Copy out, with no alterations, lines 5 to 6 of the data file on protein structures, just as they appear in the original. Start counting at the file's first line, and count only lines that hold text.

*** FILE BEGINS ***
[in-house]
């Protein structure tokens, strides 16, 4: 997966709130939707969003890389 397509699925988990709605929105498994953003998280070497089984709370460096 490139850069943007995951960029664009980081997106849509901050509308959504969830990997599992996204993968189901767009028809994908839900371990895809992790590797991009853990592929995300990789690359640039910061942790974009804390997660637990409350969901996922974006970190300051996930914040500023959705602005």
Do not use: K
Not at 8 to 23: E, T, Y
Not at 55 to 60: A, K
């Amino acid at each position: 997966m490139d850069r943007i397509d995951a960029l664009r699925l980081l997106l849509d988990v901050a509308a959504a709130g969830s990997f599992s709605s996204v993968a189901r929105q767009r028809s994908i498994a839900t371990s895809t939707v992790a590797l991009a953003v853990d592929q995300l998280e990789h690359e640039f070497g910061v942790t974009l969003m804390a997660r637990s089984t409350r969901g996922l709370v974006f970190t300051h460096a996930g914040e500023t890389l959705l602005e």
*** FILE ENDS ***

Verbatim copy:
Not at 55 to 60: A, K
């Amino acid at each position: 997966m490139d850069r943007i397509d995951a960029l664009r699925l980081l997106l849509d988990v901050a509308a959504a709130g969830s990997f599992s709605s996204v993968a189901r929105q767009r028809s994908i498994a839900t371990s895809t939707v992790a590797l991009a953003v853990d592929q995300l998280e990789h690359e640039f070497g910061v942790t974009l969003m804390a997660r637990s089984t409350r969901g996922l709370v974006f970190t300051h460096a996930g914040e500023t890389l959705l602005e």